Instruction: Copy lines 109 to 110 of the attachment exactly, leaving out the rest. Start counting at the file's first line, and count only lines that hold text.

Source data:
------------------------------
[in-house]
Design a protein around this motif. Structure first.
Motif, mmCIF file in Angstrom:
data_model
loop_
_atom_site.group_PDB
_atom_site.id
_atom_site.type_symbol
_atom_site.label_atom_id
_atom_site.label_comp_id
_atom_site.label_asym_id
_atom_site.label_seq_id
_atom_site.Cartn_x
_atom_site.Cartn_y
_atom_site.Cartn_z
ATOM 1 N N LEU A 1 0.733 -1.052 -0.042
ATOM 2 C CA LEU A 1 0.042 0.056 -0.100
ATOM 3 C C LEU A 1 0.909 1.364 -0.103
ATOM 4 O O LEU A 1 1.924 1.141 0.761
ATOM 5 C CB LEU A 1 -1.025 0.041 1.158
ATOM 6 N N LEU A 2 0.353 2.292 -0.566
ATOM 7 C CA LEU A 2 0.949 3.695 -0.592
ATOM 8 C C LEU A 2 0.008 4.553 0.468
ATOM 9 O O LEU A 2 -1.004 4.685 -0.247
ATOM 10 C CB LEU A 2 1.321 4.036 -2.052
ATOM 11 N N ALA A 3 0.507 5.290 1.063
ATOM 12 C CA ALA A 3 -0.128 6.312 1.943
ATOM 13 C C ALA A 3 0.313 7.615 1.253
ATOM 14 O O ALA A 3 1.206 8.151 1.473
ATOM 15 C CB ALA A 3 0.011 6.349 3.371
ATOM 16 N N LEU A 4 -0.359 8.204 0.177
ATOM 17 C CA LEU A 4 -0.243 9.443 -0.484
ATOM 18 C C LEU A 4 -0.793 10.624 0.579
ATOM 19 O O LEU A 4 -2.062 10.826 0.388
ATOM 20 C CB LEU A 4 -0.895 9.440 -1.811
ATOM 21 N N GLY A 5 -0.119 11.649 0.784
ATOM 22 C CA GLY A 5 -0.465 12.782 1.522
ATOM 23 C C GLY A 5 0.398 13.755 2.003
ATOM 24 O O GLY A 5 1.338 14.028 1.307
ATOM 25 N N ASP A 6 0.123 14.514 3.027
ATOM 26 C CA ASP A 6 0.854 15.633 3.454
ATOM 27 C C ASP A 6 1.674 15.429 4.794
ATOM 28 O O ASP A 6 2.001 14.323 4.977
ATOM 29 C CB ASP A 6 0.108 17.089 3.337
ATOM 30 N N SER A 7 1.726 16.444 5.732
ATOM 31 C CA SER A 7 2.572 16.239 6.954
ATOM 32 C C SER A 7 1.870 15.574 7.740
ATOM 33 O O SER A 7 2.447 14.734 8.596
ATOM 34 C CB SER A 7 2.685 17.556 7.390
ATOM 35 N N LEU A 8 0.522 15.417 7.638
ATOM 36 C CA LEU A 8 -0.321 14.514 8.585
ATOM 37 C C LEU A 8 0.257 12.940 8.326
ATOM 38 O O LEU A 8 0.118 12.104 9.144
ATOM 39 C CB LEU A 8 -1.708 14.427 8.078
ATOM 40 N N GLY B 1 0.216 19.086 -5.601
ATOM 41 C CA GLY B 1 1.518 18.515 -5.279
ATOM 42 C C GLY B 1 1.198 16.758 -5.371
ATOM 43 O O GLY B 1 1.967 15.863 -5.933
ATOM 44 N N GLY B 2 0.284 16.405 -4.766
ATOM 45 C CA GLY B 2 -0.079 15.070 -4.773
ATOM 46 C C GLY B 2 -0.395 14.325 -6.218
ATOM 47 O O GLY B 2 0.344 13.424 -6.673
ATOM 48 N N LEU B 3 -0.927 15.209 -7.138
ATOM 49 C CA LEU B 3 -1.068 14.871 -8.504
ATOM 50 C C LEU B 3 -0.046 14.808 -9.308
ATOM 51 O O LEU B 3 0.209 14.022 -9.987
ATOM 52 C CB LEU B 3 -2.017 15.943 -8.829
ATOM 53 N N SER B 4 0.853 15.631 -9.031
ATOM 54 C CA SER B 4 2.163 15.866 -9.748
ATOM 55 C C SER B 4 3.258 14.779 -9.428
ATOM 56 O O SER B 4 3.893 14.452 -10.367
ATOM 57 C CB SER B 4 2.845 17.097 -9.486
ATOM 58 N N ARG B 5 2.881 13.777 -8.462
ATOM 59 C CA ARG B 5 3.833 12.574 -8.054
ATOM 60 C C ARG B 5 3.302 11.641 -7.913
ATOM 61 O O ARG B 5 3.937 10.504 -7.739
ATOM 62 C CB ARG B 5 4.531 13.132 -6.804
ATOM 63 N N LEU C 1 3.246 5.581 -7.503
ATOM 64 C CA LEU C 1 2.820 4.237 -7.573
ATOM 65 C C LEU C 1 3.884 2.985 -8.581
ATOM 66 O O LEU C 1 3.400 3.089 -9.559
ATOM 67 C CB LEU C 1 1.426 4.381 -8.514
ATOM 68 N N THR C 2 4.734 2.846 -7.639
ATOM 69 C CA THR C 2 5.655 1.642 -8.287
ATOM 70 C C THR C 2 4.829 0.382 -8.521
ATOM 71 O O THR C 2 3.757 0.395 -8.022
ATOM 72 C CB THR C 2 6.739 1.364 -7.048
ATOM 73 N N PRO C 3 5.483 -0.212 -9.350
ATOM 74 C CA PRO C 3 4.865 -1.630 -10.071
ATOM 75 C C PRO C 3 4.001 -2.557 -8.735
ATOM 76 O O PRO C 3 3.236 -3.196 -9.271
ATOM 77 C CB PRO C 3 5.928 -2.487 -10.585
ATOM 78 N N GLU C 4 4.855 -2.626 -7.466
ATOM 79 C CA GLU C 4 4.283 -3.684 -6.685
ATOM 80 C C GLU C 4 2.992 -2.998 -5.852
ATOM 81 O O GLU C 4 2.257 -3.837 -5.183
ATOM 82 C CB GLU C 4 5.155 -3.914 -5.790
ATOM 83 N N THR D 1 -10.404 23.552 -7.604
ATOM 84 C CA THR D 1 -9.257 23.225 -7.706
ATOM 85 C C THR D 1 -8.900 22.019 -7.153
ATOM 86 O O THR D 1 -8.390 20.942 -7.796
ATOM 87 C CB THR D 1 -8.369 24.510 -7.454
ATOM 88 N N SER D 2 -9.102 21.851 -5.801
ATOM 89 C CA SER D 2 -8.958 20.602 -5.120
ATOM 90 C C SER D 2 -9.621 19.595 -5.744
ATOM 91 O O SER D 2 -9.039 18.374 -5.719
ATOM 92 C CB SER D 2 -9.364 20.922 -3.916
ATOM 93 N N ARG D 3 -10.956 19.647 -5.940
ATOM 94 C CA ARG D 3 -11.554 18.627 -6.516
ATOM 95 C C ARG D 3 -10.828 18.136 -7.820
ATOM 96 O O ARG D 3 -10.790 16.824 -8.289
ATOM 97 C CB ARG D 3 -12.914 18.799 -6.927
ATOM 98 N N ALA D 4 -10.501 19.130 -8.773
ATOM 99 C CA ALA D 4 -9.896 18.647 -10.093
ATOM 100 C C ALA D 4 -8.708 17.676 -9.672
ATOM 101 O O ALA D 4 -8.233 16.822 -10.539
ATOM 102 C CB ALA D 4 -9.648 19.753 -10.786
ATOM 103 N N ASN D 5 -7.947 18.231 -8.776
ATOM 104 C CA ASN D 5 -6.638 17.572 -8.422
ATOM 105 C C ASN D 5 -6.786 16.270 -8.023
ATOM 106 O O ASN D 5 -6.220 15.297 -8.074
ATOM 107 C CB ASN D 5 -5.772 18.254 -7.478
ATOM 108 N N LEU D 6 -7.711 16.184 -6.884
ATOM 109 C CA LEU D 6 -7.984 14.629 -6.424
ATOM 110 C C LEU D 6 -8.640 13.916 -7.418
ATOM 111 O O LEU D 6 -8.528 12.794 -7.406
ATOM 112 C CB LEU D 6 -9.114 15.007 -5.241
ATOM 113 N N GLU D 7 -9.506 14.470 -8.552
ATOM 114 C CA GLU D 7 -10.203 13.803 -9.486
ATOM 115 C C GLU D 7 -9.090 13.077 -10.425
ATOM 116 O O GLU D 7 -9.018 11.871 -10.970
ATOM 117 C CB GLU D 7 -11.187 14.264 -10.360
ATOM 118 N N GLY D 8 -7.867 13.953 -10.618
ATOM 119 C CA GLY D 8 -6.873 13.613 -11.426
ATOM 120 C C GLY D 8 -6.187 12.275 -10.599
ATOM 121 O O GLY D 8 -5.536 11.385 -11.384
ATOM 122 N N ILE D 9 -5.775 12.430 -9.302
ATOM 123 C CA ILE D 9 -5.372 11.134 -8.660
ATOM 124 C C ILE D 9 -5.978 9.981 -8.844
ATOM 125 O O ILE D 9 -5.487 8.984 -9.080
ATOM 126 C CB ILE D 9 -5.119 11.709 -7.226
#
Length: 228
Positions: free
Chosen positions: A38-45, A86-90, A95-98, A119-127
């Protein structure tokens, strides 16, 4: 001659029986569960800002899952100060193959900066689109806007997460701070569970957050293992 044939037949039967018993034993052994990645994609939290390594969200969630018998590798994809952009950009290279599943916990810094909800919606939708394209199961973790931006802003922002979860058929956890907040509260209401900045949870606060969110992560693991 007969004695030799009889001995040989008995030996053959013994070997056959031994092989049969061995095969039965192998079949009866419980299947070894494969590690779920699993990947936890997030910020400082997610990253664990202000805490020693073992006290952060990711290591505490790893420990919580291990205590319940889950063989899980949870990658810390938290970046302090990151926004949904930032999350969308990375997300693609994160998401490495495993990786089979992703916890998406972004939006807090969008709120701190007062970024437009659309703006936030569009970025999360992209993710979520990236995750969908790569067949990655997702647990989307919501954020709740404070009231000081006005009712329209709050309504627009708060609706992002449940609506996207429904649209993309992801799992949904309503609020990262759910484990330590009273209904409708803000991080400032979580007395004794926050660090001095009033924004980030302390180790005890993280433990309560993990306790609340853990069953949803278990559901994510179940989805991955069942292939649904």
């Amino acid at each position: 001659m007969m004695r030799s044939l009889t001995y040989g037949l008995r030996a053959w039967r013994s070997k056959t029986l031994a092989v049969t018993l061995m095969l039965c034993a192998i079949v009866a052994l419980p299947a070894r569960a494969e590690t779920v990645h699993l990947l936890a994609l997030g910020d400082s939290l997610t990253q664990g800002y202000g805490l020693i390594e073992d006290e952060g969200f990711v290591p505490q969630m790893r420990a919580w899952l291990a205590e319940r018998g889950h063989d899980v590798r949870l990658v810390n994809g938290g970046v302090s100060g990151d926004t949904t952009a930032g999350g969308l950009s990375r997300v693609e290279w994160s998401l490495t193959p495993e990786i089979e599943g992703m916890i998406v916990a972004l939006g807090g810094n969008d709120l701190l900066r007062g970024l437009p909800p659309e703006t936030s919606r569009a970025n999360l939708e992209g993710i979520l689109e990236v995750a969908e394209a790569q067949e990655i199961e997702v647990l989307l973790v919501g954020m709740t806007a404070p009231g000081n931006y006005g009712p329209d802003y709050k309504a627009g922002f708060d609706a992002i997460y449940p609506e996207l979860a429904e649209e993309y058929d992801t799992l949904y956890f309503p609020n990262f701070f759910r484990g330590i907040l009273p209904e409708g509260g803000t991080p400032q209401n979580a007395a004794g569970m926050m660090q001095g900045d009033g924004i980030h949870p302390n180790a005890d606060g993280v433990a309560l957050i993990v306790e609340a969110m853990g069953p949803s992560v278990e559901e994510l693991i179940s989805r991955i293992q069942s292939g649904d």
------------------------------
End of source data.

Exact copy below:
ATOM 94 C CA ARG D 3 -11.554 18.627 -6.516
ATOM 95 C C ARG D 3 -10.828 18.136 -7.820